The per capita income of Namibia's consumers-compared with many countries of the world-is more than one would expect. The International Monetary Fund (IMF) estimates that for 2005 Namibia's per capita income will be US$6,625. The CIA's World Factbook shows Namibia's per capita income higher at US$7,300 (2004).
No matter which figure is used, Namibia scores higher than many of the developing consumer market showcases. India, for example, its vaunted growing middle class notwithstanding, has a per capita income of US$3,100 (the CIA estimate) and even China does not do well by comparison at US$5,600 (also a CIA figure).
Nonetheless, about half of Namibia's 2-million people are subsistence farmers, and about a third, according to the CIA live on less than US$1,400 per year.
So where is this promising economy headed?
According to a November 18, 2005 report in the Namibian Economist (Windhoek), economic growth in the country is slowing down. The Economist attributes this information to the governor of the country's central bank. The governor says that Namibia's GDP growth will be 3.2 percent in 2005, as opposed to the 3.8 percent the bank previously forecasted.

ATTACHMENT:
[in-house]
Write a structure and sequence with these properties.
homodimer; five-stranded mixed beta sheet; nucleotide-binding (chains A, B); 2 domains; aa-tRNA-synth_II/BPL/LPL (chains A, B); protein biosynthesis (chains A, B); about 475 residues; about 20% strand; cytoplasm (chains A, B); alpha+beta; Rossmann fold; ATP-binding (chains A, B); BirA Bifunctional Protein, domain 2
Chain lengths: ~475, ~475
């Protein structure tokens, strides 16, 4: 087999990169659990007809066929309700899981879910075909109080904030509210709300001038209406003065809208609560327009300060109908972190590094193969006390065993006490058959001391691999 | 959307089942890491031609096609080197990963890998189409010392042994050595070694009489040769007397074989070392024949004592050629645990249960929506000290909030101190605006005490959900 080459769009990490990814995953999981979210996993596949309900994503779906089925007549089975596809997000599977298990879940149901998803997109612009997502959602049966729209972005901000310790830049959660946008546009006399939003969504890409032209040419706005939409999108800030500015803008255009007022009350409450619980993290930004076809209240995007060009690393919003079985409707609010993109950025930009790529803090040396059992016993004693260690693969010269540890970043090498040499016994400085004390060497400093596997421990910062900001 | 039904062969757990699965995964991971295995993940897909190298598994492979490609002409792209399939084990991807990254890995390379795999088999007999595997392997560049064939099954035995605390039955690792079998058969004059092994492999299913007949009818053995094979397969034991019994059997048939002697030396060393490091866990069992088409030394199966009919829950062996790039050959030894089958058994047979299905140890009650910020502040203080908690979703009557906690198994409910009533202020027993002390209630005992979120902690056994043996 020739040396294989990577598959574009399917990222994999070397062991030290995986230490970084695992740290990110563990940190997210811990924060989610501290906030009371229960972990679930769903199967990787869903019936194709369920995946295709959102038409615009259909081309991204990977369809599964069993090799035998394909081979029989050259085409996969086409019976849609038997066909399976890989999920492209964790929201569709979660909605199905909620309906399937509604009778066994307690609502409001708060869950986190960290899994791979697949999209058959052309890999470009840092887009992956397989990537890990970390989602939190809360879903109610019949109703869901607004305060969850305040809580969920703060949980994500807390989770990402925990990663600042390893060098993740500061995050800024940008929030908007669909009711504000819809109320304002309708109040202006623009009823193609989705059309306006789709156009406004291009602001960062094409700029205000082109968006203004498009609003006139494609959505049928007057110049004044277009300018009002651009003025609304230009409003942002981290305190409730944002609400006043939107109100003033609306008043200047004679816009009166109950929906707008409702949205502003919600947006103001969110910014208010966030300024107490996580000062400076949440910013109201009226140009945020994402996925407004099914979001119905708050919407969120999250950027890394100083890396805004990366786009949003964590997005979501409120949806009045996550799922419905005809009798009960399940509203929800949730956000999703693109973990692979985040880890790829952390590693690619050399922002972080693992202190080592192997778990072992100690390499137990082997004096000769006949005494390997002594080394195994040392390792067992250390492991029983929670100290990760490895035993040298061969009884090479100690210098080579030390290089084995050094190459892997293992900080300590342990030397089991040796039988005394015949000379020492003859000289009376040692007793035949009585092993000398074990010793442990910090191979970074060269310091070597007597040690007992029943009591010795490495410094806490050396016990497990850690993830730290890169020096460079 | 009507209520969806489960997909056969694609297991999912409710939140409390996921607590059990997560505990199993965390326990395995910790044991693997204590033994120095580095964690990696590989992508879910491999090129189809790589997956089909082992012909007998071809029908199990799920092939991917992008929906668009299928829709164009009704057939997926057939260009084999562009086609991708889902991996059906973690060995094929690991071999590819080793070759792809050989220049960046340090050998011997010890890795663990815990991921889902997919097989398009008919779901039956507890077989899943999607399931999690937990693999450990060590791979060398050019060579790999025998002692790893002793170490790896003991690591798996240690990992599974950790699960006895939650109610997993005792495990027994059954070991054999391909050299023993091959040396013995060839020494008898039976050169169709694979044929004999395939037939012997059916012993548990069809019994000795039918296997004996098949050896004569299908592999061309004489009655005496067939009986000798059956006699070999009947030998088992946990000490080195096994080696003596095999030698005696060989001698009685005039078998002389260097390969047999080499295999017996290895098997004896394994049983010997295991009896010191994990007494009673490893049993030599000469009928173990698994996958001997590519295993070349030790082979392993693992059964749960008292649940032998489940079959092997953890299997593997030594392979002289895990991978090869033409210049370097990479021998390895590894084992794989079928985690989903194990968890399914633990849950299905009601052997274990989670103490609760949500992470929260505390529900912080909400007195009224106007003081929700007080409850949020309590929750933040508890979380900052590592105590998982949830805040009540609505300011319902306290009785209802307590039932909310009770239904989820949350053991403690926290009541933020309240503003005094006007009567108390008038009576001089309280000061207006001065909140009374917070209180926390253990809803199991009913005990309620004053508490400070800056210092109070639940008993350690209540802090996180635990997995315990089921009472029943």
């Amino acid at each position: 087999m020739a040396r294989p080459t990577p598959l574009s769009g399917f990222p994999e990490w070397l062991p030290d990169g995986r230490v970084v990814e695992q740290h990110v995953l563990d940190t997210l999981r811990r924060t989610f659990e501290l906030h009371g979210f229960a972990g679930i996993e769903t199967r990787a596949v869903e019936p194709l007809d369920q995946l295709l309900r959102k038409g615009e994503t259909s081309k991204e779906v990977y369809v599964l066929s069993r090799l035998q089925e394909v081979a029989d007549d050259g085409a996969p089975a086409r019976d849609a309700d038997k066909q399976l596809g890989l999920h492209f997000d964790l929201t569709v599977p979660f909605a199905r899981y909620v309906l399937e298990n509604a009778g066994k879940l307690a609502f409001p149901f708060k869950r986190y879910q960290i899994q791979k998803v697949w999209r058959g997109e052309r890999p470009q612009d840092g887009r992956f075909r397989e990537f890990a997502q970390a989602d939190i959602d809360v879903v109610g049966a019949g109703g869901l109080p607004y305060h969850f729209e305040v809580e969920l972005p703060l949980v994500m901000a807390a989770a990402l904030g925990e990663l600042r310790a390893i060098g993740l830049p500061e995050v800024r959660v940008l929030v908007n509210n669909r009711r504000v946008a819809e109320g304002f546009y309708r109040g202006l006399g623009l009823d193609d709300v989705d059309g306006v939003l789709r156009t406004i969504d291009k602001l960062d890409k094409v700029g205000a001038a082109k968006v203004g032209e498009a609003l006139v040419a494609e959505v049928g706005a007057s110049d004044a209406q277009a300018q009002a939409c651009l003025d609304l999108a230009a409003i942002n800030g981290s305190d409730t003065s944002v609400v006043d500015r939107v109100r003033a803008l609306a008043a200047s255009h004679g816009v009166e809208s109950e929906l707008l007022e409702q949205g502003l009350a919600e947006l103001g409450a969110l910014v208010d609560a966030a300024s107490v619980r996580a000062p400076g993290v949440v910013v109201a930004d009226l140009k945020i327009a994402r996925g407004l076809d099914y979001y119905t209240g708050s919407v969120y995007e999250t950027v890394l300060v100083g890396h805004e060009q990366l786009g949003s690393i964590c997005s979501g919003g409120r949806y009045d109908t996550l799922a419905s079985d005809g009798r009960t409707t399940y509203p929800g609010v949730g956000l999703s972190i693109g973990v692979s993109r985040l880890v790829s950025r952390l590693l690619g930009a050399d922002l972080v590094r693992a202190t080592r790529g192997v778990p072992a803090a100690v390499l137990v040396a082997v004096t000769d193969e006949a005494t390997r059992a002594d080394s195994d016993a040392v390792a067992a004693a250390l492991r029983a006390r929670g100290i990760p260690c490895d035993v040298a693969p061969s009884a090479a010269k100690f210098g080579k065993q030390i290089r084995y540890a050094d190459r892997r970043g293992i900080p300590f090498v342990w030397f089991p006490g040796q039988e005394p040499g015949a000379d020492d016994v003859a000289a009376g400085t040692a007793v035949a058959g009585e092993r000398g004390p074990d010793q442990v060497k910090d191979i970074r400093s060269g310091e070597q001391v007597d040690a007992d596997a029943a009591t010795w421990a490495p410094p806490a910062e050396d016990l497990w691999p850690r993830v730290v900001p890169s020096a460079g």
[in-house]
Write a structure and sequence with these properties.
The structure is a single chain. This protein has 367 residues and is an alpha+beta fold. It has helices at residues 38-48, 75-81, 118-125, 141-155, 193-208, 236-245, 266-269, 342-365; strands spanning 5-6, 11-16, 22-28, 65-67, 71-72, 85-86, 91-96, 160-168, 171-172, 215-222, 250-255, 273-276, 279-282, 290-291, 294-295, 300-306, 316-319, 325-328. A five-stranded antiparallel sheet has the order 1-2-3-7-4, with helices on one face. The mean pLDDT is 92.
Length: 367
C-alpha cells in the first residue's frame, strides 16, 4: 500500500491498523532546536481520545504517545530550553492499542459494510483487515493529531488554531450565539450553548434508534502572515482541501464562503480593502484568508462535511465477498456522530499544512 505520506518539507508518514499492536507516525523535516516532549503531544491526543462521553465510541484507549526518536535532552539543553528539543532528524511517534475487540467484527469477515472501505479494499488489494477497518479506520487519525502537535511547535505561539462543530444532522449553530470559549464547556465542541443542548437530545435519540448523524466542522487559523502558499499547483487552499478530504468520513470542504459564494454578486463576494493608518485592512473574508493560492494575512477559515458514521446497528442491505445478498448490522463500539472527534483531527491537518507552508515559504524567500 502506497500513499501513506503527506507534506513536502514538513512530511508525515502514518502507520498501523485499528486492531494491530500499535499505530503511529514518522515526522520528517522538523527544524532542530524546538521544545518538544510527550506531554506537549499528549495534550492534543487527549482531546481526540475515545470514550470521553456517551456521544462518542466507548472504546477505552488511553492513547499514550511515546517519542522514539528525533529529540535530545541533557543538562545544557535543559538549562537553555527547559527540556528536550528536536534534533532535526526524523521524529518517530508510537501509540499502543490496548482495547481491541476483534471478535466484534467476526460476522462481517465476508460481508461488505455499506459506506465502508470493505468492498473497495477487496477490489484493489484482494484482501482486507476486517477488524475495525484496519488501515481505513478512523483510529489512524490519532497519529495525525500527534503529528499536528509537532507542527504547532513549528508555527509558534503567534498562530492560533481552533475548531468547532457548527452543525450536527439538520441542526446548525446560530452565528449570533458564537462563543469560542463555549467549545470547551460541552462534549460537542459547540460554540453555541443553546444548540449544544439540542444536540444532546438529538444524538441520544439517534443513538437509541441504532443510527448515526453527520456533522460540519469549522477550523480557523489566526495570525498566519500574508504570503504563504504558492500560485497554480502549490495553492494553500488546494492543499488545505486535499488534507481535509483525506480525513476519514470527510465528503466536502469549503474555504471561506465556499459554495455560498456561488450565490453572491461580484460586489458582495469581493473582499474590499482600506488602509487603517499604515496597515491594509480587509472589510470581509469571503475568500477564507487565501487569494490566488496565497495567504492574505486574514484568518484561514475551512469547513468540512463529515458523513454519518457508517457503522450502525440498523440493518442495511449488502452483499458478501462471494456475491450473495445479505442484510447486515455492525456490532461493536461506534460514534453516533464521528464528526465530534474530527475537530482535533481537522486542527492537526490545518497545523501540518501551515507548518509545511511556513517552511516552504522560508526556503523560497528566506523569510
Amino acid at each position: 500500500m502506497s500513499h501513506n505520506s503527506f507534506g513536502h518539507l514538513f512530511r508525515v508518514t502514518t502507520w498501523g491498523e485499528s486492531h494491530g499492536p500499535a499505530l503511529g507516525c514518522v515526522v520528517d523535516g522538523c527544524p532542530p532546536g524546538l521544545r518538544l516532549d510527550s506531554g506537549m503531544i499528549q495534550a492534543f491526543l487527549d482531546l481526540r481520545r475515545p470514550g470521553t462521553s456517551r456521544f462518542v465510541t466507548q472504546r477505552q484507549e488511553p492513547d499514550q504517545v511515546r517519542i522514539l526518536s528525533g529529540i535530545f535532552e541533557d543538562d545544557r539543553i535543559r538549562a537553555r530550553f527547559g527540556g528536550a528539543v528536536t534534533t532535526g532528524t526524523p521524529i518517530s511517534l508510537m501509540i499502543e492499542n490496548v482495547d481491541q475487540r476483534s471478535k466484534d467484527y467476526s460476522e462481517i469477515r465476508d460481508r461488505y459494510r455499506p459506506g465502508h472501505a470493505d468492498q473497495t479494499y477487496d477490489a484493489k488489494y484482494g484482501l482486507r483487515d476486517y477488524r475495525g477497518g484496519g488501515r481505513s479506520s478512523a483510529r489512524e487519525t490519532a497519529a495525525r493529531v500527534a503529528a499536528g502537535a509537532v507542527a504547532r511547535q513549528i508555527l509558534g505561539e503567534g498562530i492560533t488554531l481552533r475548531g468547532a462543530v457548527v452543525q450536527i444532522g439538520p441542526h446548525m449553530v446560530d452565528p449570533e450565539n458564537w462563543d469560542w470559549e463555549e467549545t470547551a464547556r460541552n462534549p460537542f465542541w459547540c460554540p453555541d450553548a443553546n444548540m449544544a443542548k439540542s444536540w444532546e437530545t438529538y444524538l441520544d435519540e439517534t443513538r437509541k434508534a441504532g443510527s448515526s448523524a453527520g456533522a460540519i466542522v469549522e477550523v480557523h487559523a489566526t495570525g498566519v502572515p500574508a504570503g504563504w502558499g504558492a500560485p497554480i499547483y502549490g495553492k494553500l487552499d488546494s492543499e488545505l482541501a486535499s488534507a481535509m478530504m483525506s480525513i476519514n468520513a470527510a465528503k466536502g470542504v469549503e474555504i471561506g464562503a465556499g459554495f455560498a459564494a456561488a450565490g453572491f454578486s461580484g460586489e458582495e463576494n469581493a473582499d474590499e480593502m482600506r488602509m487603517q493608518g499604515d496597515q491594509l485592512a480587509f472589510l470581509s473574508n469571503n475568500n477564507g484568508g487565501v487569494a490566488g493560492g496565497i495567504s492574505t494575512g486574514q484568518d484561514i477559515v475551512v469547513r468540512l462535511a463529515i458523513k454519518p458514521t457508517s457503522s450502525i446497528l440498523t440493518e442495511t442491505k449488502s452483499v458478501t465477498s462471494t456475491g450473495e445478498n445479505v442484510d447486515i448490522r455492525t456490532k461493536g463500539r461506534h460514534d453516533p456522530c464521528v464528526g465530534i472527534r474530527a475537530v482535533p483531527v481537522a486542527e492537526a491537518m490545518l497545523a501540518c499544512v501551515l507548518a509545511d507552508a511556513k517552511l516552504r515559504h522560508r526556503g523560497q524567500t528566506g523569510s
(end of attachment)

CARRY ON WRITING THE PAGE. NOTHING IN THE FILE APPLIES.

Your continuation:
The IMF forecast for 2005 Namibian growth, prepared in the autumn of 2004, said it would be 3.6 percent higher than in 2004. So the IMF's estimate is closer to the central bank's original forecast.
The reasons given for the slowdown are that mineral production is off. The country is one of the world's premiere diamond producers. It also accounts for a high percentage of the world's uranium...